Has anyone heard how many NASA employees have been laid off during the shuttle launch hiatus? Seems like the people who actually work on launches have nothing to do while designers figure out insulation problem. Do these people get laid off or do we all pay them while being seemingly idle. Dont like to see people lose their jobs but is NASA a guaranteed job? Bob
More than likely they get moved off onto other projects ranging from work on other missions to the eternal documentation rat-race. At least at Goddard, they seem to squeeze the juice out of every dollar. There might be the odd case where people have nothing to do but I can't believe it would be a widespread issue. Theres no guaranteed jobs at NASA, particularly if you're a contractor.
I have several relatives on my wife's sde of the family who work at "The Cape." They don't work for NASA, but for the current contractor. IIRC it is USA something or other this year. (When the contract is bid by another company, the new outfit hires all the same people.)
My brother in law is on the shuttle ground crew. He started out fueling the shuttle, but I am not sure of his present duties. They have not been laid off. I don't know what they do, but they stay busy. I think it's a lot like the military, in that they do a lot of training.
When he first got the job, he told us he had to wear a pressure suit because a fuel leak would be deadly to breath. These suits scrub CO2 and add O2, but basically you are rebreathing the same air. He learned real quick to watch his diet, because you don't want to fart in it.
Ron Thompson Was On the Beautiful Mississippi Gulf Coast, Now On the Beautiful Florida Space Coast, right beside the Kennedy Space Center, USA
The ultimate result of shielding men from the effects of folly is to fill the world with fools.
--Herbert Spencer, English Philosopher (1820-1903)
I don't know what's going on this time around, but after the Challenger explosion, Lockheed, which had the contract for ground handling operations at Vandenberg told everybody to down tools and go home, forthwith. Stuff was left out of doors in the weather (as much as we ever get in California) to rot. Lockheed understood that when things started up again there would be money to replace anything that had been degraded, but that they wouldn't be paid anything significant for saving the stuff they already had. I don't know about NASA itself, but I'll bet all the contractors were gone the next day.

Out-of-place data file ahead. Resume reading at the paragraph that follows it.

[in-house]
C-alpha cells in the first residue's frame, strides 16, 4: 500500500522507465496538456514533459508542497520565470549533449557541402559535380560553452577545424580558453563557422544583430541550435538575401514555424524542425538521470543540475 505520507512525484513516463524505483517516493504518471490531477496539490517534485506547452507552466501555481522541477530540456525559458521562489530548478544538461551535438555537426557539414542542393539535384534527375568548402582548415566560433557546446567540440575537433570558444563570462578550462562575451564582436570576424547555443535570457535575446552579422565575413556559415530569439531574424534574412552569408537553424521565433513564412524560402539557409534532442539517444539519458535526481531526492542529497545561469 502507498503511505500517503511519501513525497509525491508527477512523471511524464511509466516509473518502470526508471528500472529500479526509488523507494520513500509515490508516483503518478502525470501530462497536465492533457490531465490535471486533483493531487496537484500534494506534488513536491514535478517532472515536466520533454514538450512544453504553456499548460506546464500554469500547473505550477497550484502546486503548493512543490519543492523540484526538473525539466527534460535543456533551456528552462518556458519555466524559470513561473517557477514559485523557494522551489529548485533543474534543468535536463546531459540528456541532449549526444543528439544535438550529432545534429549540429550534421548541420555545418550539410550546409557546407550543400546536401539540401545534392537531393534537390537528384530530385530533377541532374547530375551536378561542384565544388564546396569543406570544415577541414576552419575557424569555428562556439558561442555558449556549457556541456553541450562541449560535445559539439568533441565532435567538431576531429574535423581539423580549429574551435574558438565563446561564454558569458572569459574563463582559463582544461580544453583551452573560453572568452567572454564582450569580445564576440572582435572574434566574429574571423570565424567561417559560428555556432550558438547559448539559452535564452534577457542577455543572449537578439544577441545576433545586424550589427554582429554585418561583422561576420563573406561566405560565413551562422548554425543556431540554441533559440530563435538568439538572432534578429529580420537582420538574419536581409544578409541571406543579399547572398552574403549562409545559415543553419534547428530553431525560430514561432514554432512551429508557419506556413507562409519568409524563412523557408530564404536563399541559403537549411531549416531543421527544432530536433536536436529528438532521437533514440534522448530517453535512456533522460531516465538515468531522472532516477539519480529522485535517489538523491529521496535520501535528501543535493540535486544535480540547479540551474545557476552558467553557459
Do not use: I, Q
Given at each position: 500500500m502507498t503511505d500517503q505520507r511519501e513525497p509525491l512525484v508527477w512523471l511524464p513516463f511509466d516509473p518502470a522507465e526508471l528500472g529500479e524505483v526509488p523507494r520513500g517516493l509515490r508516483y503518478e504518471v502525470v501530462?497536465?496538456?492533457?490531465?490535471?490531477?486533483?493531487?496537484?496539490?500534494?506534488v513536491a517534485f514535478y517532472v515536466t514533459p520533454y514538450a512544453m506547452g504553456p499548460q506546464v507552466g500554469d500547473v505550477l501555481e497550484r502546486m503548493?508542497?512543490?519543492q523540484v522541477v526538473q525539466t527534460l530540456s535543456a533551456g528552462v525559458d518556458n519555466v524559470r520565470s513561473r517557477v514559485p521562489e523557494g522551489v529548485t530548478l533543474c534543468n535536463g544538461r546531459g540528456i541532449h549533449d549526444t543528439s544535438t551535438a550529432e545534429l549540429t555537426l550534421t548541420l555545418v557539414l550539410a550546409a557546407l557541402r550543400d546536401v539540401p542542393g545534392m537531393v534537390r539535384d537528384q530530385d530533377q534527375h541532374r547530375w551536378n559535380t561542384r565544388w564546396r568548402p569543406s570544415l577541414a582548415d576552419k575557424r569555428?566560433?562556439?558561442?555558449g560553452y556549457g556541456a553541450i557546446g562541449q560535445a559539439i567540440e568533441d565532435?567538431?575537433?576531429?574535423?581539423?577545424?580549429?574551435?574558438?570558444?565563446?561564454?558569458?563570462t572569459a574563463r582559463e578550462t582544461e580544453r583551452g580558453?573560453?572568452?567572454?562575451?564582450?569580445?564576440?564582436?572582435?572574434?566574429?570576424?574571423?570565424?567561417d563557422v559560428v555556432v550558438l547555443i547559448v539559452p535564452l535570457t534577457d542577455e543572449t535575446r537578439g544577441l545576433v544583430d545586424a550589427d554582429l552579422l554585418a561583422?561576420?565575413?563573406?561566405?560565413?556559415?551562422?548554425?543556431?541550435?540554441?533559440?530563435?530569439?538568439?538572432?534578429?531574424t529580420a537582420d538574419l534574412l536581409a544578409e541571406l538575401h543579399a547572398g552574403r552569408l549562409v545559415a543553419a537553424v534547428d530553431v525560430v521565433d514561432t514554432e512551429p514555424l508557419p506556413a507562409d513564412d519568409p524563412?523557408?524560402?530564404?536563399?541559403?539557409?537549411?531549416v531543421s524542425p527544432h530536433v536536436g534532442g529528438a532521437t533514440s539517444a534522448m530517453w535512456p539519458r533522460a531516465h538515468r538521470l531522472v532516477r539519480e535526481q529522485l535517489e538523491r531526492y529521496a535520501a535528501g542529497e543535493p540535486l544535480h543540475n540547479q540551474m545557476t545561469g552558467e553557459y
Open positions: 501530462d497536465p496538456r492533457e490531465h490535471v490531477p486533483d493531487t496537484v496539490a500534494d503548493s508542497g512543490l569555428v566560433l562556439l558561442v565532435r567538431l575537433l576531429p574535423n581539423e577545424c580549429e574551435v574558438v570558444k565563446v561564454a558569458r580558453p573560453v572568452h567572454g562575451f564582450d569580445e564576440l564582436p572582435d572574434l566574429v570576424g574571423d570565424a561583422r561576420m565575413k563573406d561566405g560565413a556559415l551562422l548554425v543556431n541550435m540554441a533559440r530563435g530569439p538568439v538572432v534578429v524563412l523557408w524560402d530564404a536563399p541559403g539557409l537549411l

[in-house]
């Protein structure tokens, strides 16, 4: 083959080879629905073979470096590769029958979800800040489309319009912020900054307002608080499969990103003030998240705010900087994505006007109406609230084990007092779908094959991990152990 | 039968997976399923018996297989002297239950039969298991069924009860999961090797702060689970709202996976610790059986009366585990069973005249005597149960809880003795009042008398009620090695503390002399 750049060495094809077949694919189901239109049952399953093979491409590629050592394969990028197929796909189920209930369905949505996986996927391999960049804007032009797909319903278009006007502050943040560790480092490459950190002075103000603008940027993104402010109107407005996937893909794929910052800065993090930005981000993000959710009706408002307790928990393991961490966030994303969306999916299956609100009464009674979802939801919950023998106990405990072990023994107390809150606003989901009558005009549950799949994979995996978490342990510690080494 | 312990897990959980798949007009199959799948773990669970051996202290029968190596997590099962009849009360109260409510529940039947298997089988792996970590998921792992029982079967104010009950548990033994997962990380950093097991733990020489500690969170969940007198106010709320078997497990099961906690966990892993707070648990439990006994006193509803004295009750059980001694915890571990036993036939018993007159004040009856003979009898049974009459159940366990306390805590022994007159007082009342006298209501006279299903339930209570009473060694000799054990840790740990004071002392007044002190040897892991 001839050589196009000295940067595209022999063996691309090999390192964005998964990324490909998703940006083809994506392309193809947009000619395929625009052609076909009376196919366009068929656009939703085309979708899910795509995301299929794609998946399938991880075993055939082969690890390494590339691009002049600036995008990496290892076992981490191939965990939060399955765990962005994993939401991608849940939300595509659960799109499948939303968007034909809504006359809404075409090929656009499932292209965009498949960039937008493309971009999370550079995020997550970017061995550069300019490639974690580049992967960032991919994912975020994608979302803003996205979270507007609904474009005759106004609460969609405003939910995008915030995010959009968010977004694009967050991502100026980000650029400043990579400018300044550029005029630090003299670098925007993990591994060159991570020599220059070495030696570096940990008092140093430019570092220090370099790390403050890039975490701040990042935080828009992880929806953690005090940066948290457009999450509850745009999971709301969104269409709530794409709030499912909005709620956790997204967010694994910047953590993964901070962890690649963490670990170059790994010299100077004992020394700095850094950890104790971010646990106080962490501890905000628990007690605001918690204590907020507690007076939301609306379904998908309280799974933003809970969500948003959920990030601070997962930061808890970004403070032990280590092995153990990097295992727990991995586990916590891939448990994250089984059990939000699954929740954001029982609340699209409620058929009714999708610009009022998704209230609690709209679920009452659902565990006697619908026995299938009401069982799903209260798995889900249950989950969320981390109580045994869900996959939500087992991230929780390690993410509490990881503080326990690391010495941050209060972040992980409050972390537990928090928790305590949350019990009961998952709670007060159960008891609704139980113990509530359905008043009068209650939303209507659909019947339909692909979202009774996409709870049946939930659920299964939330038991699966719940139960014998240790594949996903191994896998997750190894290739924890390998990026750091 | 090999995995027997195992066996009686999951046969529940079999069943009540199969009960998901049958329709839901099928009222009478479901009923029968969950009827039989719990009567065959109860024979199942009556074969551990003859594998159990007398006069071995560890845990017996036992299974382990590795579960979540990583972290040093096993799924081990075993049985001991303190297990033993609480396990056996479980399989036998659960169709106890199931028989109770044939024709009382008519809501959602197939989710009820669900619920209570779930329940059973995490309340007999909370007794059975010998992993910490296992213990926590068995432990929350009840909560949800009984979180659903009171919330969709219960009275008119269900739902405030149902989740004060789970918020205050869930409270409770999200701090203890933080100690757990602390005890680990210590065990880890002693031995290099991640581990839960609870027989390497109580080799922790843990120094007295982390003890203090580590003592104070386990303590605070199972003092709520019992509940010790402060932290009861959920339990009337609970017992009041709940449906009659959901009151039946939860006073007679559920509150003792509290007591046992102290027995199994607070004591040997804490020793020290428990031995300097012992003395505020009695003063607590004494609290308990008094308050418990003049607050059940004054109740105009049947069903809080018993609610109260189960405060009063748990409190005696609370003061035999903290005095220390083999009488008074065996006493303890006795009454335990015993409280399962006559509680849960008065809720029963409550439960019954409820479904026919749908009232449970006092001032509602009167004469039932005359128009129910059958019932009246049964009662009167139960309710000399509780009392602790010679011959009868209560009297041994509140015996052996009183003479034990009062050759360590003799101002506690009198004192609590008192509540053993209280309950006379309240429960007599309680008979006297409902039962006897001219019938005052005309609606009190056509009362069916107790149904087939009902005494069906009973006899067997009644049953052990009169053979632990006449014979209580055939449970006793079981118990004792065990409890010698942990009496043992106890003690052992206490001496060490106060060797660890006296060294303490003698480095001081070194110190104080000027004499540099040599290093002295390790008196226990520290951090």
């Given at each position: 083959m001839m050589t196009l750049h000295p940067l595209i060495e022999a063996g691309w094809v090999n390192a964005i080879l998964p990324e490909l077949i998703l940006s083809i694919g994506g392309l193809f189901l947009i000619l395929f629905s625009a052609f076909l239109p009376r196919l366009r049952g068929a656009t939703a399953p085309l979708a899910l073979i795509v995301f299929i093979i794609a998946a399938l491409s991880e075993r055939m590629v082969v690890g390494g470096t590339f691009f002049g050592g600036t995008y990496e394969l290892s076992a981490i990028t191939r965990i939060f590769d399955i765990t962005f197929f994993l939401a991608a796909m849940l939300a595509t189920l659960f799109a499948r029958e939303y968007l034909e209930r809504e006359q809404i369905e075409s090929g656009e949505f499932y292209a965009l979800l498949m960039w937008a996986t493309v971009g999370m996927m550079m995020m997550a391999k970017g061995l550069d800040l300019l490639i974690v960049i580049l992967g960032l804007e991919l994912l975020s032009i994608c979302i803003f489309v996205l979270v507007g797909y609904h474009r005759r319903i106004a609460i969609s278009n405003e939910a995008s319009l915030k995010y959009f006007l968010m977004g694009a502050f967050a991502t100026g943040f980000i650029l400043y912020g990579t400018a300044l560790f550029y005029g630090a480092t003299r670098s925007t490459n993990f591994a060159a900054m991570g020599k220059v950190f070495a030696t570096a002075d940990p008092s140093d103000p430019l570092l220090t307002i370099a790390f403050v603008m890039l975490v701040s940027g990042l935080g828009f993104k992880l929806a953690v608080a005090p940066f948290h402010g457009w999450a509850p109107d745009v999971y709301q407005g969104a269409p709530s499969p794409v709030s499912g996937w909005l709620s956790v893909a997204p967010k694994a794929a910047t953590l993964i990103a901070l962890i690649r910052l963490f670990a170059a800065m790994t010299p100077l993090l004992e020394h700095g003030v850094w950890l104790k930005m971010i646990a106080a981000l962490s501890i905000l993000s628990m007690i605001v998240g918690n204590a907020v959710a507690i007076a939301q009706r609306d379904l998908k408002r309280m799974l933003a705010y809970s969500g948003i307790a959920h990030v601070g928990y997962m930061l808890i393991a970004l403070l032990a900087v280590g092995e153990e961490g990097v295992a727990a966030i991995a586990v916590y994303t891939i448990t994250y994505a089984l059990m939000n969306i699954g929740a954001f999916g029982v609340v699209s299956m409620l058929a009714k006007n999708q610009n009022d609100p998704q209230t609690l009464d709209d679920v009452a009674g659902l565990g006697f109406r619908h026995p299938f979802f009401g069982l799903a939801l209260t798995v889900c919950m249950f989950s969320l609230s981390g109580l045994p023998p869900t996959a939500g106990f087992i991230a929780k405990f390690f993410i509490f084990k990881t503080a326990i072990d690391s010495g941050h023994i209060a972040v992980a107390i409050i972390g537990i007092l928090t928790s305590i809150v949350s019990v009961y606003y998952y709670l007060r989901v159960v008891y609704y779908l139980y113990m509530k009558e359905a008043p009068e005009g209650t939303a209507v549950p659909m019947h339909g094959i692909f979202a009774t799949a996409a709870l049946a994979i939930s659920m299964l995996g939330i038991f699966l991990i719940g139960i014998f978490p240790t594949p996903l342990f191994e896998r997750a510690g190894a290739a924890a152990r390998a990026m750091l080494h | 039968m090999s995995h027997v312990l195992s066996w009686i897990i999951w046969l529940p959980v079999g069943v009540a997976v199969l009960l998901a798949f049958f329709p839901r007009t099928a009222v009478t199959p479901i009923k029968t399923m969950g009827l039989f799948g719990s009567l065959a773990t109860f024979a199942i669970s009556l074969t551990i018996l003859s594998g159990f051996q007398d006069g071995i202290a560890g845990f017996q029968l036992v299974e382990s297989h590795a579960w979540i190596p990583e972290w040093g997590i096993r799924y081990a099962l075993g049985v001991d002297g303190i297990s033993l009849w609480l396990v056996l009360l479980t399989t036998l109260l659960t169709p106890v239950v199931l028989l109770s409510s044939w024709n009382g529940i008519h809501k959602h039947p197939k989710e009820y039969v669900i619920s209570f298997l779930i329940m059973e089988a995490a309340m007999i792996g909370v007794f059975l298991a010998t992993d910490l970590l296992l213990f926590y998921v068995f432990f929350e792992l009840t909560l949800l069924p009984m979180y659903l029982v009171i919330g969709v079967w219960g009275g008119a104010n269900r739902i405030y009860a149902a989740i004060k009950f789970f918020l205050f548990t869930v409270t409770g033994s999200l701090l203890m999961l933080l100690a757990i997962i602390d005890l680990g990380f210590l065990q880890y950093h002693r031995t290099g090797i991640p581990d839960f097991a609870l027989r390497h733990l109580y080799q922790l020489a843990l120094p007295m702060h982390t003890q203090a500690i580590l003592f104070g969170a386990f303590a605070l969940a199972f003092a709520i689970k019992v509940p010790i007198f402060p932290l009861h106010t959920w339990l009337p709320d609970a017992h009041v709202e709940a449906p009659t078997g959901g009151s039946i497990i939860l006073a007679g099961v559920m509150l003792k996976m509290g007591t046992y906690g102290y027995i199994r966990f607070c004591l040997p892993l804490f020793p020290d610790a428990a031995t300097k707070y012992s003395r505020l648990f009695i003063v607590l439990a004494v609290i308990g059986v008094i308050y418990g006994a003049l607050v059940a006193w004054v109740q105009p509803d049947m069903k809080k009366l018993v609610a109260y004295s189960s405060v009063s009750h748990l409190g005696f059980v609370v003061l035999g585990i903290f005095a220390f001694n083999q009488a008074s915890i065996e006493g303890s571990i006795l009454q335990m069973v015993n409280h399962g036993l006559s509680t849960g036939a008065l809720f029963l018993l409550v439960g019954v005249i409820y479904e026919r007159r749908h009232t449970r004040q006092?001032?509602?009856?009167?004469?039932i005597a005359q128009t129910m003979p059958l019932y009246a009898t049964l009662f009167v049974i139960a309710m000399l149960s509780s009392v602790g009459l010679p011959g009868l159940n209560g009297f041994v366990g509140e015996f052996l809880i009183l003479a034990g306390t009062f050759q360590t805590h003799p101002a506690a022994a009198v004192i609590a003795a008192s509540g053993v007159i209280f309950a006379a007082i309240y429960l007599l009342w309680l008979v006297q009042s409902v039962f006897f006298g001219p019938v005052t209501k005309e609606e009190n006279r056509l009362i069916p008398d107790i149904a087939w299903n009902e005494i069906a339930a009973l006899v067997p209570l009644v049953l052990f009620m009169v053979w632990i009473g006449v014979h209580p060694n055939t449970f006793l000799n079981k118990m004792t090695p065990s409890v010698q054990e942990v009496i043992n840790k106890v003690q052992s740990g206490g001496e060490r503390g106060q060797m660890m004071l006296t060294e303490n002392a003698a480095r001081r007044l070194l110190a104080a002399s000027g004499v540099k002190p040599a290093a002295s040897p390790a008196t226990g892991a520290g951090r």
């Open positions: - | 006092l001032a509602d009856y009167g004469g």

BTW when I was at NASA myself, they told me the secret to job security was to get involved in a mission to the outer planets. If you did that, they knew they were going to want you again in five or ten years, and would try to keep you happy until the spacecraft reached its destination. Otherwise, you had no more job security than any other civil service position.
When I was working in Huntsville way back around 1970, NASA did everything possible to keep from laying off NASA employees. I worked on a swing arm refurbishment project and used to have to take EO's to the Von Braun Hilton ( building 4200 ). The first few times I had to wait until the important meeting was able to be interrupted for me to get a signature. Later they just paused in their card playing while the guy signed.
They had had their budget cut enough that they had no funds for any material, so there was hardly anything going on and the NASA employees were bored stiff. Finally they started laying off NASA employees. When I first got to Huntsville, Boeing had about 3500 employees. When I was laid off they were down to about 300. When I left Huntsville, Boeing was down to
I agree there are no guaranteed jobs if you are a contractor.
I think I remember the Red Barn. Not sure. For a while I was working ten hours on weekdays and only eight on Saturdays. A friend and I used to stop at some strip joint on the way home on Saturdays and have a couple of beers. Somehow that made it seem like a longer weekend.
I ended up doing a fair amount of caving while I was there when I wasn't so busy.